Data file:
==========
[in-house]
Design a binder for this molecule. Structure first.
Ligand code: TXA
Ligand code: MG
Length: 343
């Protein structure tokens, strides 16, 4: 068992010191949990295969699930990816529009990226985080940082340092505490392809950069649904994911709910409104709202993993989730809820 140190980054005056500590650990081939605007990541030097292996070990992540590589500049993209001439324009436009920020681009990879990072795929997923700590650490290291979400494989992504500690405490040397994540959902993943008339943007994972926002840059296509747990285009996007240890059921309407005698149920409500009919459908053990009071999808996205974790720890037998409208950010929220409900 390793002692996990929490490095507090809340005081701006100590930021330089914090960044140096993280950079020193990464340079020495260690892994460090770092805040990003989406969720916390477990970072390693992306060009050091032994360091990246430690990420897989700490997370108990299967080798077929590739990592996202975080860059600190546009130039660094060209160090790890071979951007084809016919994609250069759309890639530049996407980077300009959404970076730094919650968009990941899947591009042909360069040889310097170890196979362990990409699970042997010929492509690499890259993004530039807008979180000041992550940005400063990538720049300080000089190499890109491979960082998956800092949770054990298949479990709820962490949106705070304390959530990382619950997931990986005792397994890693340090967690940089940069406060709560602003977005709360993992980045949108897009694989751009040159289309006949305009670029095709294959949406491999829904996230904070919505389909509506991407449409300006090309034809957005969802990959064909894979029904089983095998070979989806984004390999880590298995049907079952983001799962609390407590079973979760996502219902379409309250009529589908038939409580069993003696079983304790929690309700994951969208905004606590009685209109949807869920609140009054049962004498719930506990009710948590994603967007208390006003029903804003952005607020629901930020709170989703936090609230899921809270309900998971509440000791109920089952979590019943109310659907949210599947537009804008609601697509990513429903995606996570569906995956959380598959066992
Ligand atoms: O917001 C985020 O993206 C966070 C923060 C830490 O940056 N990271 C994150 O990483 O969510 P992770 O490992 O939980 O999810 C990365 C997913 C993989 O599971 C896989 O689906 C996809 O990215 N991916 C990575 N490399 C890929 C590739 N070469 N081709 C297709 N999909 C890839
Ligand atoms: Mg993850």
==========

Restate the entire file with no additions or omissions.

[in-house]
Design a binder for this molecule. Structure first.
Ligand code: TXA
Ligand code: MG
Length: 343
């Protein structure tokens, strides 16, 4: 068992010191949990295969699930990816529009990226985080940082340092505490392809950069649904994911709910409104709202993993989730809820 140190980054005056500590650990081939605007990541030097292996070990992540590589500049993209001439324009436009920020681009990879990072795929997923700590650490290291979400494989992504500690405490040397994540959902993943008339943007994972926002840059296509747990285009996007240890059921309407005698149920409500009919459908053990009071999808996205974790720890037998409208950010929220409900 390793002692996990929490490095507090809340005081701006100590930021330089914090960044140096993280950079020193990464340079020495260690892994460090770092805040990003989406969720916390477990970072390693992306060009050091032994360091990246430690990420897989700490997370108990299967080798077929590739990592996202975080860059600190546009130039660094060209160090790890071979951007084809016919994609250069759309890639530049996407980077300009959404970076730094919650968009990941899947591009042909360069040889310097170890196979362990990409699970042997010929492509690499890259993004530039807008979180000041992550940005400063990538720049300080000089190499890109491979960082998956800092949770054990298949479990709820962490949106705070304390959530990382619950997931990986005792397994890693340090967690940089940069406060709560602003977005709360993992980045949108897009694989751009040159289309006949305009670029095709294959949406491999829904996230904070919505389909509506991407449409300006090309034809957005969802990959064909894979029904089983095998070979989806984004390999880590298995049907079952983001799962609390407590079973979760996502219902379409309250009529589908038939409580069993003696079983304790929690309700994951969208905004606590009685209109949807869920609140009054049962004498719930506990009710948590994603967007208390006003029903804003952005607020629901930020709170989703936090609230899921809270309900998971509440000791109920089952979590019943109310659907949210599947537009804008609601697509990513429903995606996570569906995956959380598959066992
Ligand atoms: O917001 C985020 O993206 C966070 C923060 C830490 O940056 N990271 C994150 O990483 O969510 P992770 O490992 O939980 O999810 C990365 C997913 C993989 O599971 C896989 O689906 C996809 O990215 N991916 C990575 N490399 C890929 C590739 N070469 N081709 C297709 N999909 C890839
Ligand atoms: Mg993850």